This week the CVM, Brazil’s securities regulator, published a guidance note on the regulation of crypto-assets, including when a digital asset is considered a security and disclosures to be made. For tokenized securities, it is not currently planning to relax any requirements.
João Pedro Nascimento, President of the CVM said the step aims to ensure “greater predictability and security for all, in addition to contributing towards the protection of investors and popular savings, as well as fostering a favorable environment for the development of the crypto economy, with integrity and with adherence to relevant constitutional and legal principles”.
A cryptocurrency or a security token?
Brazil’s concept of a security is based on the definition of a collective investment agreement inspired by the Howey Test established by courts in the United States. Howey is the same set of tests used by the United States SEC. The Howey definition is an “investment of money in a common enterprise with a reasonable expectation of profits to be derived from the efforts of others.”
We’re not sure whether Brazil’s guidance makes the Howey situation clearer. For one, it does not mention whether something is sufficiently decentralized. In some ways, broad tests make it harder to game the system. But also leave a lot of room for interpretation.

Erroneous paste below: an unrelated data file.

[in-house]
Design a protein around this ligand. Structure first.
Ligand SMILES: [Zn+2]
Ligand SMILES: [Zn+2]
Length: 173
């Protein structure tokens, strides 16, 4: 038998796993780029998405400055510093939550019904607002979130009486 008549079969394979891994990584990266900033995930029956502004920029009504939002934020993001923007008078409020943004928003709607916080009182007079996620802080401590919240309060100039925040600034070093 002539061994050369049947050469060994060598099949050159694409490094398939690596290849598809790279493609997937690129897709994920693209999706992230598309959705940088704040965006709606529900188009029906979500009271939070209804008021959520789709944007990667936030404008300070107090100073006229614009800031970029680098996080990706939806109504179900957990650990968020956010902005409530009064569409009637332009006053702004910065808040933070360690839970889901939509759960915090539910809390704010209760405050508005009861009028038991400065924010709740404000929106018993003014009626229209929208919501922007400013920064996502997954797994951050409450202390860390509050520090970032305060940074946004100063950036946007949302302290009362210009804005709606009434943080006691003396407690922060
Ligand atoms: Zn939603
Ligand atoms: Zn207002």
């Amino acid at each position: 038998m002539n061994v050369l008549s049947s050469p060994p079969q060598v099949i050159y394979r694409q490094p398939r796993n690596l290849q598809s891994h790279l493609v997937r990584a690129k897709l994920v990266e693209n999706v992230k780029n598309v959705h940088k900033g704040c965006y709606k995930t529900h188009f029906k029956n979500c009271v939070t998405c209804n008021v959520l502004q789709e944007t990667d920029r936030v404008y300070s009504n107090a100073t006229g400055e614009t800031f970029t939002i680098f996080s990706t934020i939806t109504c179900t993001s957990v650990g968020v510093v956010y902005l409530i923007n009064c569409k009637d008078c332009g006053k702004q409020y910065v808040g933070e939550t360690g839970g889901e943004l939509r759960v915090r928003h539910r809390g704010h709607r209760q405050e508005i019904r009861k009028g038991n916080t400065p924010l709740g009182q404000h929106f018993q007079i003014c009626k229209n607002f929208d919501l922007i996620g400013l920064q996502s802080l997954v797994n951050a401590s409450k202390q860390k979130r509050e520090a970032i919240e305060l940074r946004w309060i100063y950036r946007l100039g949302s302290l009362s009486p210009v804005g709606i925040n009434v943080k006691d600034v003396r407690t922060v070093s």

Brazil emphasized that while it monitors what is happening elsewhere regarding these tests, Brazil could take a different interpretation.
The regulators also provide a brief taxonomy of tokens, essentially splitting them into payment tokens, utility tokens and asset-backed tokens, including stablecoins, security tokens and NFTs.
Expanded disclosures for tokenized securities
Anything considered a security must comply with all current securities regulations, particularly relating to any offer documents. Relevant laws still apply regarding requirements for traditional intermediaries such as central securities depositories and settlement and clearing houses. The CVM said it might relax some of these for tokenized assets in the future.
This is where the EU and the UK are planning to run sandboxes for tokenized securities to enable some laws to be temporarily waived. For example, relating to the requirement to use brokers and the separation of exchanges from the settlement.
Brazil’s disclosure requirements for offerings have some novel elements, such as outlining the pros and cons of distributed ledger technology. Regarding the cons, it explicitly requires a statement on performance compared to traditional methods and the environmental impact. Other issues that must be disclosed include protocol governance and rules for identifying token holders.